A BBC television programme, Victorian Farm, recently featured a panking pole, something I remember well from my time running the Cider Museum in Hereford. It’s a long pole with a hook on the end used to shake apples and pears from high branches during harvesting.
And while they scrabble around for windfalls, the lord of the manor shoves an evil-looking stick with a hook (his “panking pole”, he calls it, but I’m wondering if he’s left an “s” off) up into the tree, hooks a branch and begins to shake, as he has done every autumn, for ever. It’s beautiful to see: the aristocratic old man, with his claw, shaking away, and then the apples raining down from the heavens on the proles below.
From a review of Victorian Farm in the Guardian, 9 January 2009.
The word is now rare, and requires a person with long memories to bring the details to mind:
Still running the 50-acre orchard at Breinton planted by her father, Miss Bulmer’s lifetime experience of growing and harvesting the apples for the cider mills comes alive in this well-illustrated account. She recalls “gangs” of women in the 40s picking up apples off the ground for a shilling (5p) a sack, or £1 a ton, after the fruit had been shaken off the trees with a “panking pole”.
Gillian Bulmer, granddaughter of one of the founders of the cidermakers H P Bulmer and Co of Hereford, remembers her cider history in the Hereford Times, 8 October 2008.
A panking pole being used to dislodge perry pears from a tall tree at Westons Cider, Much Marcle, Herefordshire, in November 1981.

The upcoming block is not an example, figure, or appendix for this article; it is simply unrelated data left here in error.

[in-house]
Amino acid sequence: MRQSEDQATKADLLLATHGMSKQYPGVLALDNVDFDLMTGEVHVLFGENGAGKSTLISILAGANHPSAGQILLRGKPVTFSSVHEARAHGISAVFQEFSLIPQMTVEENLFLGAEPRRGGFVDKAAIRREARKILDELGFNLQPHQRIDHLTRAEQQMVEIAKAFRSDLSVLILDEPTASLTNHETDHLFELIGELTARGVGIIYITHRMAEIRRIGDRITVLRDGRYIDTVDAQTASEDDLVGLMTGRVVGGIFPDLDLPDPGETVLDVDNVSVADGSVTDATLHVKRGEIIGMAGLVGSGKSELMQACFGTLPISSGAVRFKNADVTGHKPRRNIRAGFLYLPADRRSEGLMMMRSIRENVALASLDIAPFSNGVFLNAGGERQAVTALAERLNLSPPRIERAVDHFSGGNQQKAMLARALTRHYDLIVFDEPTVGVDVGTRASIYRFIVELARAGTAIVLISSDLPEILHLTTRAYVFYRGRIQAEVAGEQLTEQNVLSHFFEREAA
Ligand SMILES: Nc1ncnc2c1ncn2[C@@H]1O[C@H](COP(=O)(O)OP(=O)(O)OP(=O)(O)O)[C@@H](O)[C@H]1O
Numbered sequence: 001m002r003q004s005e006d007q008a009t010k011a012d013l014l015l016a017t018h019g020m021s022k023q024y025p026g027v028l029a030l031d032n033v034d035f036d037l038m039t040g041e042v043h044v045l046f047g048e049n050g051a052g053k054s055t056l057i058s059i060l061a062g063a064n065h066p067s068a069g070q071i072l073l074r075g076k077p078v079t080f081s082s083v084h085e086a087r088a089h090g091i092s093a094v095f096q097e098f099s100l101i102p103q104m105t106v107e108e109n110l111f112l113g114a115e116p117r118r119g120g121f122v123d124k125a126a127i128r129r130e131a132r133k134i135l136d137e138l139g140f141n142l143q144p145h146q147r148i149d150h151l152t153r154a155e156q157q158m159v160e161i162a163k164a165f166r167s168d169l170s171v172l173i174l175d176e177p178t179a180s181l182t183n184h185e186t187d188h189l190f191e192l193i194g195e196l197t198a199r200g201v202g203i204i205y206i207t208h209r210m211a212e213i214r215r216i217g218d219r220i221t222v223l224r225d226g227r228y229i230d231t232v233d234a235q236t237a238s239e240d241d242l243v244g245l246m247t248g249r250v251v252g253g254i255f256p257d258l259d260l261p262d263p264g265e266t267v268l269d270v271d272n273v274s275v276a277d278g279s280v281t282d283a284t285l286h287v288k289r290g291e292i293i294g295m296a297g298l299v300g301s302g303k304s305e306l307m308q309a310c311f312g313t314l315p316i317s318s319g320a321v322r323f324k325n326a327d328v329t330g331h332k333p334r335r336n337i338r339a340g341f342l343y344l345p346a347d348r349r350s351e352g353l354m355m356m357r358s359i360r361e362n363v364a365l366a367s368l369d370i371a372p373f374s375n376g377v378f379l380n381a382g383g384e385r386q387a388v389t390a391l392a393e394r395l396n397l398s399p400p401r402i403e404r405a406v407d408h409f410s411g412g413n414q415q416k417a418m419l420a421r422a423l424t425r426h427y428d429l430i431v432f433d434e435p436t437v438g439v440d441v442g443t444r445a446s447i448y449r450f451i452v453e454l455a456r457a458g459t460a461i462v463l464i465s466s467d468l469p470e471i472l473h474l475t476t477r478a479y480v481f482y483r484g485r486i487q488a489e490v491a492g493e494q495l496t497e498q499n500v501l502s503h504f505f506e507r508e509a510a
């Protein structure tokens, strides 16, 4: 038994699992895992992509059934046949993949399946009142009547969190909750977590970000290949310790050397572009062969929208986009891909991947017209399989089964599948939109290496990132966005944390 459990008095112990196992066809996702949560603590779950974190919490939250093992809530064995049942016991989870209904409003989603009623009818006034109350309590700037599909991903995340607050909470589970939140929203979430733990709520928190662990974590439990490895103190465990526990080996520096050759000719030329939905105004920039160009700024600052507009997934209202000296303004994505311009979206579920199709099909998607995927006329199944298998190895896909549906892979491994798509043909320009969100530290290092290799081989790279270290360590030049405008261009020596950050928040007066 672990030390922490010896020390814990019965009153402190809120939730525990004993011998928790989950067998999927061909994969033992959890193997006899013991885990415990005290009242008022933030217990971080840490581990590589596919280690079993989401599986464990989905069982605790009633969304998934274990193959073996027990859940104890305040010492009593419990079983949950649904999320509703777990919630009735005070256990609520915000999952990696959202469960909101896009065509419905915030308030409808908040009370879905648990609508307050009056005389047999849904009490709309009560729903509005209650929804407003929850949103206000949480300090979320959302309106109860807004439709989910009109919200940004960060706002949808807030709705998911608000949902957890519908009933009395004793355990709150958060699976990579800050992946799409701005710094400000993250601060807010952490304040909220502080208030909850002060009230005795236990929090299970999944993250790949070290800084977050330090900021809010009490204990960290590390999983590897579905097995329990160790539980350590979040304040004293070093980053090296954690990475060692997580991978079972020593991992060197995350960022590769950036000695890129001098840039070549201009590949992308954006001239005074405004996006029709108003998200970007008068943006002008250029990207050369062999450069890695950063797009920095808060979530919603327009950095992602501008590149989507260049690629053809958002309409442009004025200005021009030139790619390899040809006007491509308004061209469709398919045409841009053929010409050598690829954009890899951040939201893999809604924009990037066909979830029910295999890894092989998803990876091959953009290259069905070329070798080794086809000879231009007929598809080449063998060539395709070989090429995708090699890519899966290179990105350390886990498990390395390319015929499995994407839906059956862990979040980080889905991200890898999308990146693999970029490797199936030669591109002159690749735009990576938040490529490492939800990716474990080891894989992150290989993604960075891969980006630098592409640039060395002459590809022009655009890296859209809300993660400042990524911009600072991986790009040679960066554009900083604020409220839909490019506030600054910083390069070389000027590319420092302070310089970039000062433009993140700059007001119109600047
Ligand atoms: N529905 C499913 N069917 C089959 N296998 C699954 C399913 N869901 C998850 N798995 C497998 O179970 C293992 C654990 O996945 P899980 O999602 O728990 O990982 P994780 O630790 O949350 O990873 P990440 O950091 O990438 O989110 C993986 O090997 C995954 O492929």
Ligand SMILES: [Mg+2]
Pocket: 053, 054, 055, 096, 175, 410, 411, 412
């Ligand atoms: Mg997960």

The origin of the word is obscure. The Oxford English Dictionary suggests that the southern English dialect verb pank meant only to pant or breathe hard, though the sense better fits the definition given in the English Dialect Dictionary a century ago, which says it meant to beat. There may be a link between hard breathing and beating via the OED’s comment that pank could also refer to a pounding heart. Barney Deibert has pointed me towards the Dictionary of American Regional English. This has an entry for pank in the rather different sense “to pack or tamp down; to crush”, which it suggests might be a blend of pack and spank but which also notes the Norwegian or Danish banke and the Swedish banka, to knock, tap, or beat, as possible origins. In 1887, Francis Tebbs Havergal recorded in his Herefordshire Words and Phrases that the verb could be spelled polt instead and that it had the specific sense “to knock apples off trees”. George Cornewall Lewis also notes the equivalence of polt and pank in his Glossary of Provincial Words Used in Herefordshire and Some of the Adjoining Counties of 1839 and comments further that pank may actually be a dialect form of bang. Equally, polt might be a mere variation on pole.
With such differing views, allied to such limited evidence, your guess is as good as anybody else’s.
[Michael Quinion’s little book Cidermaking, published by Shire Albums in 1982, has recently been updated and republished.]
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